‘In Living Color,’ 30 years later, endures for the culture

Since hitting the scene in 1990, the comedy sketch show created by Keenan Ivory Wayans forever changed the landscape of television

Photo: Twentieth Century Fox Entertainment

Anything you want to know about the show In Living Color can be found right in the title. In Living Color: an indication of the abundant, kinetic power of Black life.

Comedy is a unique language, and this show spoke it through the dialect of Black-born wit, irreverence and grace.

This month marks the 30th anniversary of the premiere of the Emmy-winning sketch comedy series. The brainchild of director/writer/comedian Keenen Ivory Wayans, the show immediately exploded. For five seasons, In Living Color stood out from every comedy show before it and has without a doubt influenced every comedy show since.

READ MORE: Kim Wayans admits letting her brothers tell her who she was in her 20’s

Photo: Twentieth Century Fox Entertainment

In 1988, Wayans was approached by executives of the then brand new Fox Network looking for edgy shows that would make it stand out among its competitors. After seeing Wayans’ I’m Gonna Git You Sucka, they felt he was up to the task and gave him total control — and he took full advantage.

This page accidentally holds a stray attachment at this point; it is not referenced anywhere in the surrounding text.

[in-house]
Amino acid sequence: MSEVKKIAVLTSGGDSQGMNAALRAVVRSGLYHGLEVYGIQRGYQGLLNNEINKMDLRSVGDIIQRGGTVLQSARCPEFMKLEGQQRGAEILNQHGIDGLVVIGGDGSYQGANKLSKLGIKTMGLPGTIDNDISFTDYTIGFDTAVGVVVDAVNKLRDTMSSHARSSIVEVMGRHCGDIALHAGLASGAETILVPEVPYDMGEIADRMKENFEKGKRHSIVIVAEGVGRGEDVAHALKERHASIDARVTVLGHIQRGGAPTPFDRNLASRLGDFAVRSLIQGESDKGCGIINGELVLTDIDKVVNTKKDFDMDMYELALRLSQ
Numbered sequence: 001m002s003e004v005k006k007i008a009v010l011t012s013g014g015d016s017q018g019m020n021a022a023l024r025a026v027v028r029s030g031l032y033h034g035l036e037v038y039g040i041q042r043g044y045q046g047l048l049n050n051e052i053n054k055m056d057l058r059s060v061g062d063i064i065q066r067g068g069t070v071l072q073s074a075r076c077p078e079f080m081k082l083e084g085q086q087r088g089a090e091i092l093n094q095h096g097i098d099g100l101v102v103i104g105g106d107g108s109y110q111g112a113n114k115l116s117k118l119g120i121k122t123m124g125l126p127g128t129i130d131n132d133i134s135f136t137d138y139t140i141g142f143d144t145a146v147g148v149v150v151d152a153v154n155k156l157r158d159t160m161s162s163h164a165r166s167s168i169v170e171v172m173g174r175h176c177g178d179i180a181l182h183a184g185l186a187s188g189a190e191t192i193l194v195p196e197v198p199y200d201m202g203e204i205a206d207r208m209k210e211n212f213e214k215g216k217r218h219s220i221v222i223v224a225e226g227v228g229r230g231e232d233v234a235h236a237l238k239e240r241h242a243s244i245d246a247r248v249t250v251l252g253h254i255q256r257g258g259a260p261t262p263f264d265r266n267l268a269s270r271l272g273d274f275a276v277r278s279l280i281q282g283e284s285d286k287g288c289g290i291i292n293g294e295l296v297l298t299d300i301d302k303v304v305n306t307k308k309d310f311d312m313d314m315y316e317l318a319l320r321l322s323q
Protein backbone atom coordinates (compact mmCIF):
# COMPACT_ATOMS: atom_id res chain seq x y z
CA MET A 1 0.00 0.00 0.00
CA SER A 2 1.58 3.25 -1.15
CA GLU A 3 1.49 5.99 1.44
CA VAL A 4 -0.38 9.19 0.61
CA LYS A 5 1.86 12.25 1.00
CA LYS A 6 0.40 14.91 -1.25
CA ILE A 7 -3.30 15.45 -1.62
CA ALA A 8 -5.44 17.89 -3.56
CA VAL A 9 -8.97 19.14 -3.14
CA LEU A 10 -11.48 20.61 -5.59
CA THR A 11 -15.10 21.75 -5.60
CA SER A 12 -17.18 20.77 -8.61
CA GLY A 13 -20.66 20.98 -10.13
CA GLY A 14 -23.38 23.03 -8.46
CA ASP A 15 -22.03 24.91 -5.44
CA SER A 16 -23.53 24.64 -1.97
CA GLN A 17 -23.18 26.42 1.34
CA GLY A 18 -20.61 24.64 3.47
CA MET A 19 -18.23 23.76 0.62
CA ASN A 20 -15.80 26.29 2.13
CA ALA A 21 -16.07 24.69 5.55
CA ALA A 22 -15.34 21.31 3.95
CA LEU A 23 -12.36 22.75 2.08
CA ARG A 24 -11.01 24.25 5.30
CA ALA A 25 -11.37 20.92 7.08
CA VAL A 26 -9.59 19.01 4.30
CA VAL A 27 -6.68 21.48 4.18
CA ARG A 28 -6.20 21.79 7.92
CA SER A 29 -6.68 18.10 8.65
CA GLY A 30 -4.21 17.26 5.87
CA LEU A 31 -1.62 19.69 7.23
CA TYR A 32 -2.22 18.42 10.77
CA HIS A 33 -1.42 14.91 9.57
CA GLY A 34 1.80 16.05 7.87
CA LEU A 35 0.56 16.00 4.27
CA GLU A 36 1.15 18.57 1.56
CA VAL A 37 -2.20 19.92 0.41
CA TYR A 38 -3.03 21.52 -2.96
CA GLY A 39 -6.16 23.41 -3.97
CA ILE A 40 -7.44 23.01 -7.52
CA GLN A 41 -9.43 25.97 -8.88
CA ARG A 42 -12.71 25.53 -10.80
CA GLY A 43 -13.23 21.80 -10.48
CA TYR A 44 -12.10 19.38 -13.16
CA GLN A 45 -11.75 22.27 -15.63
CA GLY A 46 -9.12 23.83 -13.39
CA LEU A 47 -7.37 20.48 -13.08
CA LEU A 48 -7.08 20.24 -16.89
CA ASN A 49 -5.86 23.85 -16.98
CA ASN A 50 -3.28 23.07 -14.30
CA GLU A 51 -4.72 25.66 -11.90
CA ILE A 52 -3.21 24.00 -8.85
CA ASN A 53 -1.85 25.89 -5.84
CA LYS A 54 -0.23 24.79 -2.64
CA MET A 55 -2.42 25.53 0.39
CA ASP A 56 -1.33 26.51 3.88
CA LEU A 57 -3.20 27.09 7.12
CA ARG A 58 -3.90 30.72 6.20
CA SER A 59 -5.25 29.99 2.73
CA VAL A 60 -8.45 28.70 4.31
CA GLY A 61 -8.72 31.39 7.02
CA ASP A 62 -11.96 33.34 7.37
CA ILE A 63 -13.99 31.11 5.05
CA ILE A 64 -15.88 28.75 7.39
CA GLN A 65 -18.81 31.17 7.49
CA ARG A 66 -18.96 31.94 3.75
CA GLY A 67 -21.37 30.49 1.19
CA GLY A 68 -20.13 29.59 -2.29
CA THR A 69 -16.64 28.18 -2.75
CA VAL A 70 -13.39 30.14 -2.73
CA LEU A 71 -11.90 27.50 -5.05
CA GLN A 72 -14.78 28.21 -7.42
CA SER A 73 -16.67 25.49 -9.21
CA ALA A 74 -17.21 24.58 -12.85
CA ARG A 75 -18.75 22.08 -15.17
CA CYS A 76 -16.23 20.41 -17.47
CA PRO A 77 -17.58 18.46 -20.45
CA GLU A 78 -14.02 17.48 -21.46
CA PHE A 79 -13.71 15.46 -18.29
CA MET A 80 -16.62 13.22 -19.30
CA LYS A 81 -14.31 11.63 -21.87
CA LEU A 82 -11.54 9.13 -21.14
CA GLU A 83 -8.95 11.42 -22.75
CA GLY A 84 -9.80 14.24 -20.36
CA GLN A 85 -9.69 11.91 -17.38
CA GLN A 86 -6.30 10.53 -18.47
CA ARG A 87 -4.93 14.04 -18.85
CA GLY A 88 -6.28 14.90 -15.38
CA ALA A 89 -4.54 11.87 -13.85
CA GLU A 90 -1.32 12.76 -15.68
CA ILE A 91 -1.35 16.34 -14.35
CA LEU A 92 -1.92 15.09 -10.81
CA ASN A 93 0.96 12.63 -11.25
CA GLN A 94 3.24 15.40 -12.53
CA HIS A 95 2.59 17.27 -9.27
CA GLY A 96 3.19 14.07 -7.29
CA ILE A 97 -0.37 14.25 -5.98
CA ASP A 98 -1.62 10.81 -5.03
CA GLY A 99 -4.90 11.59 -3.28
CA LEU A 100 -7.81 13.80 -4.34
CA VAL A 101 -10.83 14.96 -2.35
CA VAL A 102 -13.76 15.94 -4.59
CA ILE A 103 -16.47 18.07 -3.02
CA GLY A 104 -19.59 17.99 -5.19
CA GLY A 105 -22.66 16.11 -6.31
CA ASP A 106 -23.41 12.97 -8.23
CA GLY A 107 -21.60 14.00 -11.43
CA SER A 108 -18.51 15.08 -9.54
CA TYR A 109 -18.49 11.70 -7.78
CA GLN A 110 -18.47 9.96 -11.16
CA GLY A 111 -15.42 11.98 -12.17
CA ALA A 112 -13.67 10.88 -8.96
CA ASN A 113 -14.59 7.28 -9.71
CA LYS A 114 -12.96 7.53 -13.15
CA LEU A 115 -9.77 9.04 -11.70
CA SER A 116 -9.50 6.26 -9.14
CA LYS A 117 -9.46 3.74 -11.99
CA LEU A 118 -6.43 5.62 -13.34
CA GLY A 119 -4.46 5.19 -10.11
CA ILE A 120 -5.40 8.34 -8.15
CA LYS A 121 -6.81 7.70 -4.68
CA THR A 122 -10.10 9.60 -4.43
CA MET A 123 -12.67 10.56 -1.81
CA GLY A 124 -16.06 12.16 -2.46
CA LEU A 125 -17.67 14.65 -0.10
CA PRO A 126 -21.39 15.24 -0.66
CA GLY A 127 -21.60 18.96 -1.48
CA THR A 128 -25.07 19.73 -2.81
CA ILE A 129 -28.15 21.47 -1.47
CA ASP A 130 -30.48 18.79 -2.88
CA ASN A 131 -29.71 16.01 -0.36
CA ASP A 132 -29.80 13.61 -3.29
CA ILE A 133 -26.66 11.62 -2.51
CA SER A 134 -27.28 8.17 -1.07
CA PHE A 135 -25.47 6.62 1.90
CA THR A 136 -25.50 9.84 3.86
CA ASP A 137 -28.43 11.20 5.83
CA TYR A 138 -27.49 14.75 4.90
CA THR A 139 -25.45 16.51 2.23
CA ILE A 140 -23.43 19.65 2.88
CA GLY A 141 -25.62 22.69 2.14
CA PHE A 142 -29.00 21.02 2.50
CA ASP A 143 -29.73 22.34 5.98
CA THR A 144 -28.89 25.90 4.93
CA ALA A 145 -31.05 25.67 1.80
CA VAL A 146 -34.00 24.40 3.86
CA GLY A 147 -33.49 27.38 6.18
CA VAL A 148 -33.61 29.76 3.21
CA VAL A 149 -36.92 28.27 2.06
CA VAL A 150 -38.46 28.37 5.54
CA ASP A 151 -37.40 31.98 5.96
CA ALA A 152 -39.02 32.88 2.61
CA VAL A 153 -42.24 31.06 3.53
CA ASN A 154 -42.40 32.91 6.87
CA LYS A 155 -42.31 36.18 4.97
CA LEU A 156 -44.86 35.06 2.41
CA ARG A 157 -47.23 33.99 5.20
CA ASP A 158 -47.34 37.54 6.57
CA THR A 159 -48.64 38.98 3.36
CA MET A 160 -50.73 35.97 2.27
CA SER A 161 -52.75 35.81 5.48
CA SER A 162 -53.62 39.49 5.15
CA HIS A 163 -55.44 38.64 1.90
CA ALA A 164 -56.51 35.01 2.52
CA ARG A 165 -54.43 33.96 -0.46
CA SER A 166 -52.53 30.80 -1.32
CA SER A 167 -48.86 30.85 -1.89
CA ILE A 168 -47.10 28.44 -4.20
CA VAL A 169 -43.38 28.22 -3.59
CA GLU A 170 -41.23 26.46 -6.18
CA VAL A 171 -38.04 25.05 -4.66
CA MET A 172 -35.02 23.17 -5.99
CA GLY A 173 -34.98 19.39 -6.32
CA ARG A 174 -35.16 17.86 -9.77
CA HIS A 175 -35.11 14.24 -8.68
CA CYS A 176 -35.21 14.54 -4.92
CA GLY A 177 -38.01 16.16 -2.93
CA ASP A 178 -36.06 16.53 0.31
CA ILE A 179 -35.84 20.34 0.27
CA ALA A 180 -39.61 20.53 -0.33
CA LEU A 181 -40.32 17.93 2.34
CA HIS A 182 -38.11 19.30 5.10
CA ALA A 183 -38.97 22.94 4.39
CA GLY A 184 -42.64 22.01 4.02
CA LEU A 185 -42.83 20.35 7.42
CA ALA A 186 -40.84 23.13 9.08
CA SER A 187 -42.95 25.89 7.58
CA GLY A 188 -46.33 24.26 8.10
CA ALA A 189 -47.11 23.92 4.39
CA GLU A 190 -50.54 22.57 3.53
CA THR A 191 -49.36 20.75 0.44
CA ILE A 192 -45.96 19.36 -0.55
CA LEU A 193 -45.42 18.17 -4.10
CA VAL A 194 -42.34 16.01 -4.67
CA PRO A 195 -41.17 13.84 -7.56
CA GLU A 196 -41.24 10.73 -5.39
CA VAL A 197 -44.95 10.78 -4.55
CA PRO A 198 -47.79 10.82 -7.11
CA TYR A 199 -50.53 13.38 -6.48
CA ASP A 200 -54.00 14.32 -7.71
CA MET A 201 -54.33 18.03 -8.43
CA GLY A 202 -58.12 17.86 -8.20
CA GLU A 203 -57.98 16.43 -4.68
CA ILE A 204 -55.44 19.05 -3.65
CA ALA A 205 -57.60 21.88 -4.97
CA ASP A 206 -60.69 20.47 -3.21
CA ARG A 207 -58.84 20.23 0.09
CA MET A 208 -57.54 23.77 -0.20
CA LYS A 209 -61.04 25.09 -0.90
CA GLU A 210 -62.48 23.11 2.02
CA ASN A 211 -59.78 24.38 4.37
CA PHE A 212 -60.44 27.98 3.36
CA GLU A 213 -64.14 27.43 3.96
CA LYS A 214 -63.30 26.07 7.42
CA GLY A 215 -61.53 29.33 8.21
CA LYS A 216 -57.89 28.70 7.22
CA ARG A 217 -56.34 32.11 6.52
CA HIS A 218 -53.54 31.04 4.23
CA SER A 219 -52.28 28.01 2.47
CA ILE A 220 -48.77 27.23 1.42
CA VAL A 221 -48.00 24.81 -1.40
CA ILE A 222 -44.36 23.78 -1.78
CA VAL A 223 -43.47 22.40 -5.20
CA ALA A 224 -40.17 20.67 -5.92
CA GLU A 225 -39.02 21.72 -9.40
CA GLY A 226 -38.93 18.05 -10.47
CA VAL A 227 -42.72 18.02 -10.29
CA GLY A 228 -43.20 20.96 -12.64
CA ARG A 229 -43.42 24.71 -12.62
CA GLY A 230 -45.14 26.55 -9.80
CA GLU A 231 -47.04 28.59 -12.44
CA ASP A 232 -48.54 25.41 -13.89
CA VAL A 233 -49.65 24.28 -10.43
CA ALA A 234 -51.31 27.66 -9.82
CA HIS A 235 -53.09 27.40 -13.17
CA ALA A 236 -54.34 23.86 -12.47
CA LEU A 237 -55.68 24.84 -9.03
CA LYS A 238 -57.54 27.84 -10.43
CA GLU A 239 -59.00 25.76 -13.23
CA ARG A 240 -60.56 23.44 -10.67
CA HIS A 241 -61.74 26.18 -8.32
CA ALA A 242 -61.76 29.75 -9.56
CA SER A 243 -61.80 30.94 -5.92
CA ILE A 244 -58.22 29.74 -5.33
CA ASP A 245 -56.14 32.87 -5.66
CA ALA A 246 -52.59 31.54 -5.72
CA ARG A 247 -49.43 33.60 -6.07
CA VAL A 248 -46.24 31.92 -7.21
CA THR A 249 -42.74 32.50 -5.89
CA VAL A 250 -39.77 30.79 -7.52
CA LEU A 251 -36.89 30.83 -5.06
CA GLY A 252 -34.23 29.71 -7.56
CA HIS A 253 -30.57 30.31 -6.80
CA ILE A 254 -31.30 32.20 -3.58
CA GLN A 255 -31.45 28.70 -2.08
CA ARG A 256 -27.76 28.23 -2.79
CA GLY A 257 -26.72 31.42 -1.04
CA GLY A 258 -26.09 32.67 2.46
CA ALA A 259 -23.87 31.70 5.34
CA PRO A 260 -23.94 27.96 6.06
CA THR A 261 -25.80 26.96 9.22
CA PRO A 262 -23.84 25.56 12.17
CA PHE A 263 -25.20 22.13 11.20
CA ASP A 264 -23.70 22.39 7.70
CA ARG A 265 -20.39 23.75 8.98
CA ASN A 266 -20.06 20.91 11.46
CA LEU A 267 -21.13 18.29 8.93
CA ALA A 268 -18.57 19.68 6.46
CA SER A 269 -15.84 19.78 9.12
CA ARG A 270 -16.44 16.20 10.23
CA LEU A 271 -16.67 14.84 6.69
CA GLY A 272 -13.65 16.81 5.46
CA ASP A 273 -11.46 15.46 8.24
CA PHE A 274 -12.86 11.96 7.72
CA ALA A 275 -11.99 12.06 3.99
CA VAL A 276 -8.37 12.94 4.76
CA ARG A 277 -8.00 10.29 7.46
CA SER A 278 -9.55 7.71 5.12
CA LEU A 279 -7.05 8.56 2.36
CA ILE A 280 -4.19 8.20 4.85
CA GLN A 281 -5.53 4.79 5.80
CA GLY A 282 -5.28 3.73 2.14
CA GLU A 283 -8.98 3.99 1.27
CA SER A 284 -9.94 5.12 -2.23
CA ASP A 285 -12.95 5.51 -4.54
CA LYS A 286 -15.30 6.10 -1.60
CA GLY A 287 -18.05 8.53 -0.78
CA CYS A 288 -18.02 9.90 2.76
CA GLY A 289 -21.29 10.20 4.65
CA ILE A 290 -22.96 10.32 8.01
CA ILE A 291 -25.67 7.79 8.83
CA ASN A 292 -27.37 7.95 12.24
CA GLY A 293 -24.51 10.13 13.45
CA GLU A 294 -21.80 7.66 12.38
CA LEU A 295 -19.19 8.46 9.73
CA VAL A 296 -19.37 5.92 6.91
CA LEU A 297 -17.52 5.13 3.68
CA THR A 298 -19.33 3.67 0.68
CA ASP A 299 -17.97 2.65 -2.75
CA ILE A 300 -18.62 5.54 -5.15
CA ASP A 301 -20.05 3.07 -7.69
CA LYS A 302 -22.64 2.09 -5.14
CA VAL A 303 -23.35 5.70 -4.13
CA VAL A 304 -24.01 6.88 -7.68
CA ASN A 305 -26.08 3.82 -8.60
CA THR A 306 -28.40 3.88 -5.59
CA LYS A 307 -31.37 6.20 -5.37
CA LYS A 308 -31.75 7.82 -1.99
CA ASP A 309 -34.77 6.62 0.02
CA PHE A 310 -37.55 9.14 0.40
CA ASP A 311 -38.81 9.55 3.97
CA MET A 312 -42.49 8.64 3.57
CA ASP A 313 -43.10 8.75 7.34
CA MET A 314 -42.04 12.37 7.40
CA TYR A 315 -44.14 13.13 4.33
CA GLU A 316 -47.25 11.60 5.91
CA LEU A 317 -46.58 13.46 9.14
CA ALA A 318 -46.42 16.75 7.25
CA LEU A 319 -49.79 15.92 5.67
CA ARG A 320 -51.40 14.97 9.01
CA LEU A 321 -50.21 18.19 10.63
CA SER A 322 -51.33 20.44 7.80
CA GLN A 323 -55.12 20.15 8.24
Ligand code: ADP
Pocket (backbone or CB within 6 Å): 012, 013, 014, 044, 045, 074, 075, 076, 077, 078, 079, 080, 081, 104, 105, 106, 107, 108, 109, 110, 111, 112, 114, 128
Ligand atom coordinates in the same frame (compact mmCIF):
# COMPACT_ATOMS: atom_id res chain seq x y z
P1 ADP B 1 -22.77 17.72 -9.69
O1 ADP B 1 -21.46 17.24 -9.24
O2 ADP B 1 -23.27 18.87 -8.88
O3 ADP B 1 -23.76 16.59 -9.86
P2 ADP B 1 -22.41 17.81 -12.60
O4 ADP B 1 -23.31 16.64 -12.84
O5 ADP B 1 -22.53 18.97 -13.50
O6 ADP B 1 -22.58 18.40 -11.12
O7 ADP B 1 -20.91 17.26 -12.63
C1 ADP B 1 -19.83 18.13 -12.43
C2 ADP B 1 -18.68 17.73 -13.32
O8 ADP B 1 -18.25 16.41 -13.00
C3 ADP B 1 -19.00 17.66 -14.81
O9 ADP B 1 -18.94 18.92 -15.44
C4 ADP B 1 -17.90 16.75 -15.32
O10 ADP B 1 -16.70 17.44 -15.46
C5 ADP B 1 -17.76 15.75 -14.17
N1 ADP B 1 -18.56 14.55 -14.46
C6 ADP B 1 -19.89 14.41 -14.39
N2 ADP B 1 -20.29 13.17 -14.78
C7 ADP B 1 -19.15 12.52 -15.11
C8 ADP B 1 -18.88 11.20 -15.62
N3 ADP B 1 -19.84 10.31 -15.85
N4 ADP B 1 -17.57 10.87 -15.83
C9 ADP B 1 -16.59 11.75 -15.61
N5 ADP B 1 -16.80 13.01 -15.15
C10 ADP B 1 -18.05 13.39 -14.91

The backbone of the show’s success was its cast. Previously unknown forces of nature such as Jim Carrey, Kim Coles, Tommy Davison, David Alan Grier, Jamie Foxx and the talented well-spring of Wayans siblings (Damon, Kim, Shawn, and Marlon) exhibited on-set chemistry that can only be explained by extrasensory perception.

Wayans once said of the cast on HBO’s The Blacklist, “everyone that Hollywood didn’t know what to do with, I knew what to do with.” This ragtag rogues’ gallery of actors and comics turned out to be what Hollywood had been missing.

Right from the jump, each cast member’s iconic pre-show intro illustrated vibrant art in a chaotic, exuberant way that was savvy enough to praise their individuality as well as imply a collective unity. You didn’t know what to expect, but you knew that’s why you tuned in every Sunday.

Characters like Tom & Tom, the Brothers Brothers hilariously examined the difference between the woke and the un-woke. Homey D. Clown was an ironic look at the Black man who viscerally, and sometimes violently, defended his self-respect. The ‘Hey Mon’ sketches were middle America’s exaggerated introduction to West Indian families who have to work multi-jobs to live in America.

The show was more than just a sketch comedy. It created culture just as effortlessly as it commented on it. It was the offspring of ‘The Richard Pryor Show,’ ‘Soul Train’ and ‘Mr. Magic’s Rap Attack.’ It was a platform for hip-hop, it challenged social taboos and showed what fearless television could be.